Nick Shashkini


New Jersey Governor proposes tax measure

As of the time of publication, the New Jersey Senate has voted 28–9 in support of the motion, but the bill has yet to be approved by the Assembly and sent to the governor’s desk.

Venezuelan students weigh on in MIT financial aid issue

MIT was embroiled in controversy last week as a prospective student, Venezuelan Amanda Vanegas, was denied appropriate financial aid due to her country’s exchange rate system, according to MIT alumnus Jesús Bolivar. Venezuelan students at the University expressed concern about the issues faced by MIT’s prospective student.

Former astronaut Bolden discusses space exploration

“I’m a little intimidated to uphold the legacy of previous speakers,” said Bolden as he began his presentation. The 12th NASA administrator then kicked off by discussing the possibility of intelligent life existing elsewhere in the universe, a question which, according to Bolden, concerns us all. 

77 percent of sophomores bicker or sign-in to eating clubs, holds steady since spring 2017

The admissions process for bicker and sign-in eating clubs took place last week, with 1,016 sophomores participating, representing 77 percent of the Class of 2020. This represented a 1 percentage point decrease from last spring’s participation rate of 78 percent, according to a press release by the Interclub Council of the Eating Clubs of Princeton University.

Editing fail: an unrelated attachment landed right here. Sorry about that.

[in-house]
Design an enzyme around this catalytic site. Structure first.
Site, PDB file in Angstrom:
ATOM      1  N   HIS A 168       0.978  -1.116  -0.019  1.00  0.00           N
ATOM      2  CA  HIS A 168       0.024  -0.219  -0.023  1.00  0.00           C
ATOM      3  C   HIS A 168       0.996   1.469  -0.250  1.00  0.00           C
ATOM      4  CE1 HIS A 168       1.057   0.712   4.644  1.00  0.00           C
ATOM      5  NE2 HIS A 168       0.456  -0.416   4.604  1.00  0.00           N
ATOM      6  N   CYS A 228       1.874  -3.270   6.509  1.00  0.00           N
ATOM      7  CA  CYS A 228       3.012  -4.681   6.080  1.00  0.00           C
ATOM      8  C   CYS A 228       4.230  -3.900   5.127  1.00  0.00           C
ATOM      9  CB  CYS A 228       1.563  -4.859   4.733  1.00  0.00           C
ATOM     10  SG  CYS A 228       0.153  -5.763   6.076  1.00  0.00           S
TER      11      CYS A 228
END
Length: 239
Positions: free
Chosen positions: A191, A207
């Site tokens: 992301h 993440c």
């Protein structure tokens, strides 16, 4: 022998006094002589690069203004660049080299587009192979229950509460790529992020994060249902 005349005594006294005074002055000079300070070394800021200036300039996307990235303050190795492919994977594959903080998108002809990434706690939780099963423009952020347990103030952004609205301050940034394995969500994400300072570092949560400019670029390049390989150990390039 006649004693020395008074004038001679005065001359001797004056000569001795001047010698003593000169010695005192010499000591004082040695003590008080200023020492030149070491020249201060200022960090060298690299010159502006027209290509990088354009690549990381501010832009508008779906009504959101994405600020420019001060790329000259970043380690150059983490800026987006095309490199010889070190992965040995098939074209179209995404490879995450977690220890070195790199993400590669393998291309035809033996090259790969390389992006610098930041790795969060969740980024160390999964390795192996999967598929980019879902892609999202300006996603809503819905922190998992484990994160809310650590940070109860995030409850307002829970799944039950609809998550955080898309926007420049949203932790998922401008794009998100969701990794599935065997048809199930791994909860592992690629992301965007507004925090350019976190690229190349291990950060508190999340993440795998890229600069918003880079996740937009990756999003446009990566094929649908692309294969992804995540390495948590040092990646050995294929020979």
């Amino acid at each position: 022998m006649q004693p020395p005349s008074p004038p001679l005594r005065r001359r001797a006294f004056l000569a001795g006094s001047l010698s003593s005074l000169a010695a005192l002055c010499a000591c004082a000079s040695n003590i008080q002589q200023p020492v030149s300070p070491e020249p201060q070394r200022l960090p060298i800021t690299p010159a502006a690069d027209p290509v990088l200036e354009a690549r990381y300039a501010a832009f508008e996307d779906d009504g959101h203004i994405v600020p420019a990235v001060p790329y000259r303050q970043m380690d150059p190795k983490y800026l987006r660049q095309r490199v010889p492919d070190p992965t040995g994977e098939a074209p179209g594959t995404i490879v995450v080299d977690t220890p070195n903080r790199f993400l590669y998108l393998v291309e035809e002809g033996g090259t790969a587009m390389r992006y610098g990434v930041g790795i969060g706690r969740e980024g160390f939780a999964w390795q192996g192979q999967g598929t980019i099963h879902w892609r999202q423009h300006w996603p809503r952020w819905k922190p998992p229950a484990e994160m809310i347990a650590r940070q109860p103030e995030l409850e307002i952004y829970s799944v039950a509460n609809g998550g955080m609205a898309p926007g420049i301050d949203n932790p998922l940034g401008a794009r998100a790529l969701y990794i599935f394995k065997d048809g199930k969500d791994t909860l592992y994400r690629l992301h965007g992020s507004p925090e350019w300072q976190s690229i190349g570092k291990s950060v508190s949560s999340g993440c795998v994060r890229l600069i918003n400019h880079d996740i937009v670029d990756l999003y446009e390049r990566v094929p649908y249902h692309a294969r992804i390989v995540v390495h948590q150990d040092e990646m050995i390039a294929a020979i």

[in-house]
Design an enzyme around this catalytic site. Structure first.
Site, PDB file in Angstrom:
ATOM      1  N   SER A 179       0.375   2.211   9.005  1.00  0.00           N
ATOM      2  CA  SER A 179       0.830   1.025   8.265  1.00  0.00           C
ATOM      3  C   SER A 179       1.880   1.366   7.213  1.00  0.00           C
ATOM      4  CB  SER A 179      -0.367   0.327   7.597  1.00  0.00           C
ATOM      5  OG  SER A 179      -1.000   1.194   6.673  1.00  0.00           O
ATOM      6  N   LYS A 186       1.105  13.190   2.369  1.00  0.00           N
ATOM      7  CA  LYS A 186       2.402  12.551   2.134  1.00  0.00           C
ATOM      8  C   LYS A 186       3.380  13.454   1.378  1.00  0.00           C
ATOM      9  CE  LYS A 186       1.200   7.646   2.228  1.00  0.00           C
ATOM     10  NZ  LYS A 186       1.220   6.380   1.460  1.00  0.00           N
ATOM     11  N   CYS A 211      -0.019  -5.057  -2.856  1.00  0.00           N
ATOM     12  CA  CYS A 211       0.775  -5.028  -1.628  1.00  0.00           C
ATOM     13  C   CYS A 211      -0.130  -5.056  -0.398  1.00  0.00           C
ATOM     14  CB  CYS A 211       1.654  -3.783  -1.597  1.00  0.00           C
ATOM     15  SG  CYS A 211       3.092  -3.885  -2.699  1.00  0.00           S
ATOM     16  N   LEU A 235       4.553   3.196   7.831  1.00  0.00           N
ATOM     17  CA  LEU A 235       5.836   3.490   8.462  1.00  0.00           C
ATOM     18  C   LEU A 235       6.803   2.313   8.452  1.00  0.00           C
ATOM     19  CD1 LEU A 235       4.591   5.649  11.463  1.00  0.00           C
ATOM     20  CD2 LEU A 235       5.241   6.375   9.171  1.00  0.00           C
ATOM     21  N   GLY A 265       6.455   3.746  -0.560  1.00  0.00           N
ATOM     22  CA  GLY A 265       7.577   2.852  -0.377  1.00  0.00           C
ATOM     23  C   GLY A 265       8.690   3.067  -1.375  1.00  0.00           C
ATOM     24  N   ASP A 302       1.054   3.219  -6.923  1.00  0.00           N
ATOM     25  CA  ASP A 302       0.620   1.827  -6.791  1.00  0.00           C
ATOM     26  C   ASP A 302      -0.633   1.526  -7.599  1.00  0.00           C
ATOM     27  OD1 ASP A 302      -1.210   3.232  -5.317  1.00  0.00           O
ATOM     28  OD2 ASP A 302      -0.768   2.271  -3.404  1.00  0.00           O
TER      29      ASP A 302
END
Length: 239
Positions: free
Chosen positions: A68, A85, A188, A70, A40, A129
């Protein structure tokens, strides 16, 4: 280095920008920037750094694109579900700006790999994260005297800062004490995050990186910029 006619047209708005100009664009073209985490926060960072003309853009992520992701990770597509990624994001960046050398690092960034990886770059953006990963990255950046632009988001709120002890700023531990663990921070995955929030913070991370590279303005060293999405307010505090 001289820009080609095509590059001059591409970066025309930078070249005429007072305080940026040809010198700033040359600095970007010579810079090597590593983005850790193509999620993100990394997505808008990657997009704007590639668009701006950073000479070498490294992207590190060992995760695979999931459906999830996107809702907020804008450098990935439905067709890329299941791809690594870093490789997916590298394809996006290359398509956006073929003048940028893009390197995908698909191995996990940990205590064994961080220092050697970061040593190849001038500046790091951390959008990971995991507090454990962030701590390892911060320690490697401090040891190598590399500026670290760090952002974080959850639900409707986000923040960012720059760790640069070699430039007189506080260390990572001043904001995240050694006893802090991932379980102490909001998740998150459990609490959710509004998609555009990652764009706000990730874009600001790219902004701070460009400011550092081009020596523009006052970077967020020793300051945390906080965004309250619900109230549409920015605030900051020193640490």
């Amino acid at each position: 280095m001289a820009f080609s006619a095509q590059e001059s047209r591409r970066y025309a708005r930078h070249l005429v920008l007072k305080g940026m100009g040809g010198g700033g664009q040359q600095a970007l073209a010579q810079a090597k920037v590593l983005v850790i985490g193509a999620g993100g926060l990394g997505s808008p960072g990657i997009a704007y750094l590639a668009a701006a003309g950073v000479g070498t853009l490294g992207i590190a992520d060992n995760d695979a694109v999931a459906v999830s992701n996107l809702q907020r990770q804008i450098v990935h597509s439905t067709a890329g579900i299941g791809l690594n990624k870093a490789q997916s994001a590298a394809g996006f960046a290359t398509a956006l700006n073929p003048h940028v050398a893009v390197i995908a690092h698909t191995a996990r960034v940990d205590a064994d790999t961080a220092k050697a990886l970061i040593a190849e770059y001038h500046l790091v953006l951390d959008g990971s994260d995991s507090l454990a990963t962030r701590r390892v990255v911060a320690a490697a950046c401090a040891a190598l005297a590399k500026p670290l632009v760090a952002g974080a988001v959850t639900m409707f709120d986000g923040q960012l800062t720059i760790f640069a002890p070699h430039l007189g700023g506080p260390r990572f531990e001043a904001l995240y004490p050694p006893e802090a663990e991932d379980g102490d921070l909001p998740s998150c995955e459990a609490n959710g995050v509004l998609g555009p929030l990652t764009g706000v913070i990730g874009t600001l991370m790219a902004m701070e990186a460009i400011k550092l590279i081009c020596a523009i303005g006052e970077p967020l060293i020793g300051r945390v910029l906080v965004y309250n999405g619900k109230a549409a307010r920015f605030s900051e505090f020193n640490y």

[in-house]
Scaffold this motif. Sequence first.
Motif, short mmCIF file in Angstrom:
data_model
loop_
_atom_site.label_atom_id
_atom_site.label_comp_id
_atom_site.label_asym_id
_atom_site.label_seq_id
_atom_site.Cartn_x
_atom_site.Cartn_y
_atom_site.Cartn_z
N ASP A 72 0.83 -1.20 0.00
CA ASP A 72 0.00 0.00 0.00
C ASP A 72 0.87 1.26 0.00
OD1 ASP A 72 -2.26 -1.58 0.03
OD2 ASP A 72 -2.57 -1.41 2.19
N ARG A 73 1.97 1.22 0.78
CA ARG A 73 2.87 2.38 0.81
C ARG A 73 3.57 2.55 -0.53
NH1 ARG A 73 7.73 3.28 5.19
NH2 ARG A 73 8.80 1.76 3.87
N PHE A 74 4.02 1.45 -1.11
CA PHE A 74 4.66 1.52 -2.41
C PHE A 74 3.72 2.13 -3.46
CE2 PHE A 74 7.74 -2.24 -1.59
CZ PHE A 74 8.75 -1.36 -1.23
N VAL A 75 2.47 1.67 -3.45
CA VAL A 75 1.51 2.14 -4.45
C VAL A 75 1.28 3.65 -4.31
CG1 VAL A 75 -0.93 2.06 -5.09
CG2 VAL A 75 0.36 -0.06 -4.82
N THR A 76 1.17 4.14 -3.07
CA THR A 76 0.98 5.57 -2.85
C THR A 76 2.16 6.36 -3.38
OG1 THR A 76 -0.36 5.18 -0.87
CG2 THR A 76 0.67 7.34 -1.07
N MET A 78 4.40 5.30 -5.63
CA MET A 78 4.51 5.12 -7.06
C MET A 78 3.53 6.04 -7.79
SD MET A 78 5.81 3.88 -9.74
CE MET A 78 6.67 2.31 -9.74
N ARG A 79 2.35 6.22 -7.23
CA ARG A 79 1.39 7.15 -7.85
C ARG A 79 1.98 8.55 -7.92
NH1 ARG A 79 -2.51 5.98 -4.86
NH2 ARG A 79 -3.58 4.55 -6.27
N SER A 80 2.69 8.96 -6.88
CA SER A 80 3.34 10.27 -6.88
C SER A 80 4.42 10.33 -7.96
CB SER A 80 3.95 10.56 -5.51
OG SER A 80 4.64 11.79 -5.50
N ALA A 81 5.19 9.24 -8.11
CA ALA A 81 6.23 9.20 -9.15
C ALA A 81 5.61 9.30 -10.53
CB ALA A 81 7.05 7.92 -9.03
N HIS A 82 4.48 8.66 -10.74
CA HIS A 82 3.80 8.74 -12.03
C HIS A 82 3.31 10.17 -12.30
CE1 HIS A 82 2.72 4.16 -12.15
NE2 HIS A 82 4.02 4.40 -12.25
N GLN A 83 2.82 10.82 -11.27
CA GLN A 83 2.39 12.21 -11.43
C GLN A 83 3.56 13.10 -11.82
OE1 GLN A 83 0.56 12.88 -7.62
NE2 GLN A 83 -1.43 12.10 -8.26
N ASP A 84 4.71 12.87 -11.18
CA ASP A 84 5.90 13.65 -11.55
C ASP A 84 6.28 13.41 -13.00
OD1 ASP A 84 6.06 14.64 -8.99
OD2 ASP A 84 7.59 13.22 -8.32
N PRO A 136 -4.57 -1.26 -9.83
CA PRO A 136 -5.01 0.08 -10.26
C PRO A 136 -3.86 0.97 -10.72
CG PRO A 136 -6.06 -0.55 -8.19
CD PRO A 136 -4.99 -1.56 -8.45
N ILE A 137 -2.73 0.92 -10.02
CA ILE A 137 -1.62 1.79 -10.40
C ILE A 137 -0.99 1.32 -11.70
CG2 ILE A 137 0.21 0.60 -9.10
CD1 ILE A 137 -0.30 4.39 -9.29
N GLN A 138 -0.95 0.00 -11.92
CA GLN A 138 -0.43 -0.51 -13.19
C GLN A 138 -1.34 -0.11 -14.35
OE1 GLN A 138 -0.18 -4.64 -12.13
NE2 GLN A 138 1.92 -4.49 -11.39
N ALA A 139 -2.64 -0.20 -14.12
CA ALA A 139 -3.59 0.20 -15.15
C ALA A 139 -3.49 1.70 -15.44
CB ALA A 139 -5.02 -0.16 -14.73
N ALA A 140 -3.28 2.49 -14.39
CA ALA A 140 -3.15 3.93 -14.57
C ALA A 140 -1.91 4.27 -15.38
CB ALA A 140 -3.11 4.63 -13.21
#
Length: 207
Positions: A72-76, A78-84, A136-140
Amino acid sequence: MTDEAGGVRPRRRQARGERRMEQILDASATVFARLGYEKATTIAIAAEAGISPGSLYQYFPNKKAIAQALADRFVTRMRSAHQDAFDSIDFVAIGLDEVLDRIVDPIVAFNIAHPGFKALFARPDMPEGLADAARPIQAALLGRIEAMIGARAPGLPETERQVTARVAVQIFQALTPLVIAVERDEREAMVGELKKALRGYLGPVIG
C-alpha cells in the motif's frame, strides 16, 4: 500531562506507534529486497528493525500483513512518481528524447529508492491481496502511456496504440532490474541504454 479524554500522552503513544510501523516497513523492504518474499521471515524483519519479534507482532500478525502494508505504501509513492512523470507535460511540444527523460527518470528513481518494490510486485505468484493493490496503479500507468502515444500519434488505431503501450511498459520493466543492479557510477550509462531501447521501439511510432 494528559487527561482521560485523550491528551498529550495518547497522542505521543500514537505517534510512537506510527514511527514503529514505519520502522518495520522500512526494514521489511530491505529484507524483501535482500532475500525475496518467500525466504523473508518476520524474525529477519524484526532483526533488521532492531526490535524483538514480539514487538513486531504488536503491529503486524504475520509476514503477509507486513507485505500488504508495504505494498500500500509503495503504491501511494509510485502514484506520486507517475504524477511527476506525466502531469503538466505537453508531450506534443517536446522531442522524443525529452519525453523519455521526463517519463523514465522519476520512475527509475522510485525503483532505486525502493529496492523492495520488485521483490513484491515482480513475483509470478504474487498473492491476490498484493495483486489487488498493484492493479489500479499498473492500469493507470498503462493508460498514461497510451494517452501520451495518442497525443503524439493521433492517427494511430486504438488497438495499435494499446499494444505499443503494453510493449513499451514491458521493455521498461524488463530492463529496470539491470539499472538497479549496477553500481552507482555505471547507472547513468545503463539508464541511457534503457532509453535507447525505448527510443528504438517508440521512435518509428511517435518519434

Class of 2018 stone to be set on Nassau Hall walkway

One of the University’s longest-running traditions has come to a close. For almost 150 years, most graduating classes have placed an engraved stone commemorating their graduation years on the walls of Nassau Hall. But space for new stones on the building’s exterior has become increasingly limited in recent years, so starting next spring, class stones will now be placed around the two walkways that lead to Nassau Hall.

Q&A: Charlie Sykes, political commentator and author

Charlie Sykes: I know that a lot of people think that I left my radio show because of Donald Trump, and that’s understandable, but actually I planned to leave the radio show anyway last year, but the rise of Donald Trump made the decision way easier. For the last 23 years I’ve been a conservative radio host in Wisconsin, and it played a significant role in Republican politics but was appalled by Donald Trump. Even though the audience was very receptive through the Wisconsin primary, you remember Donald Trump was defeated in Wisconsin; as the year went on, I was increasingly out of touch with the audience. I was one of those conservatives that refused to get on the Trump train.

HackPrinceton brings 700 programmers to campus

“The goal for the weekend is to just to meet other people in the tech industry who are passionate about tech, learn new things, and take the initiative to do something you might not have done before,” explained David Fan ’19, co-director of HackPrinceton.

Unassuming Dohm Alley seeks to become a multimedia destination

Tucked in-between Starbucks and Landau’s on Nassau Street, Dohm Alley has been unremarkably empty for much of its existence. Of late, the Alley has been transformed into an outdoor art space and is hosting its first installation: the English Romantic Poets.